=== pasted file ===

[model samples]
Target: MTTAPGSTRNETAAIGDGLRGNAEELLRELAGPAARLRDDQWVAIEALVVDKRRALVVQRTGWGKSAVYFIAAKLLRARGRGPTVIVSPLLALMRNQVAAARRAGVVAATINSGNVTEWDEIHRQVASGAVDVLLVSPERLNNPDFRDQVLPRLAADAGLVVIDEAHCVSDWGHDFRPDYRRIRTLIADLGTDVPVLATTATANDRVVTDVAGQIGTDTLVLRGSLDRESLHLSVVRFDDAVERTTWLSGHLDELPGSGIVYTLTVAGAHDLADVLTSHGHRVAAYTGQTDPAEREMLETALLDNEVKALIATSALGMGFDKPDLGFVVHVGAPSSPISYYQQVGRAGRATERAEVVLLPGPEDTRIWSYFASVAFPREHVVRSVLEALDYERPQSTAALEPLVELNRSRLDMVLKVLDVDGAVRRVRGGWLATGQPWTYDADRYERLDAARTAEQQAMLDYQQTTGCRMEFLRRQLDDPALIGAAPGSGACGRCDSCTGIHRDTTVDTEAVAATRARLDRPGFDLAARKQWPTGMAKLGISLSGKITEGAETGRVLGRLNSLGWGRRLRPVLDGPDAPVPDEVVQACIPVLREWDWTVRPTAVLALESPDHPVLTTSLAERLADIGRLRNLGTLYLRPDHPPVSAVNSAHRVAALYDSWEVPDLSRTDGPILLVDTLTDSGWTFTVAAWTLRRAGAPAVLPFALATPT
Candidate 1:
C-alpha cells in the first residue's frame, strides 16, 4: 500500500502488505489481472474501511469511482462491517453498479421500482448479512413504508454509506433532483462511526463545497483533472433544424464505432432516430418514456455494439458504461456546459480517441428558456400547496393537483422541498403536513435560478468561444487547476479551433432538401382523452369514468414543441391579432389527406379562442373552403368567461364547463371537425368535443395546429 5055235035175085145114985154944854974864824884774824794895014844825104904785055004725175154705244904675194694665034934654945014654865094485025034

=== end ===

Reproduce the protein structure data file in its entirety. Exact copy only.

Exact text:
[model samples]
Target: MTTAPGSTRNETAAIGDGLRGNAEELLRELAGPAARLRDDQWVAIEALVVDKRRALVVQRTGWGKSAVYFIAAKLLRARGRGPTVIVSPLLALMRNQVAAARRAGVVAATINSGNVTEWDEIHRQVASGAVDVLLVSPERLNNPDFRDQVLPRLAADAGLVVIDEAHCVSDWGHDFRPDYRRIRTLIADLGTDVPVLATTATANDRVVTDVAGQIGTDTLVLRGSLDRESLHLSVVRFDDAVERTTWLSGHLDELPGSGIVYTLTVAGAHDLADVLTSHGHRVAAYTGQTDPAEREMLETALLDNEVKALIATSALGMGFDKPDLGFVVHVGAPSSPISYYQQVGRAGRATERAEVVLLPGPEDTRIWSYFASVAFPREHVVRSVLEALDYERPQSTAALEPLVELNRSRLDMVLKVLDVDGAVRRVRGGWLATGQPWTYDADRYERLDAARTAEQQAMLDYQQTTGCRMEFLRRQLDDPALIGAAPGSGACGRCDSCTGIHRDTTVDTEAVAATRARLDRPGFDLAARKQWPTGMAKLGISLSGKITEGAETGRVLGRLNSLGWGRRLRPVLDGPDAPVPDEVVQACIPVLREWDWTVRPTAVLALESPDHPVLTTSLAERLADIGRLRNLGTLYLRPDHPPVSAVNSAHRVAALYDSWEVPDLSRTDGPILLVDTLTDSGWTFTVAAWTLRRAGAPAVLPFALATPT
Candidate 1:
C-alpha cells in the first residue's frame, strides 16, 4: 500500500502488505489481472474501511469511482462491517453498479421500482448479512413504508454509506433532483462511526463545497483533472433544424464505432432516430418514456455494439458504461456546459480517441428558456400547496393537483422541498403536513435560478468561444487547476479551433432538401382523452369514468414543441391579432389527406379562442373552403368567461364547463371537425368535443395546429 5055235035175085145114985154944854974864824884774824794895014844825104904785055004725175154705244904675194694665034934654945014654865094485025034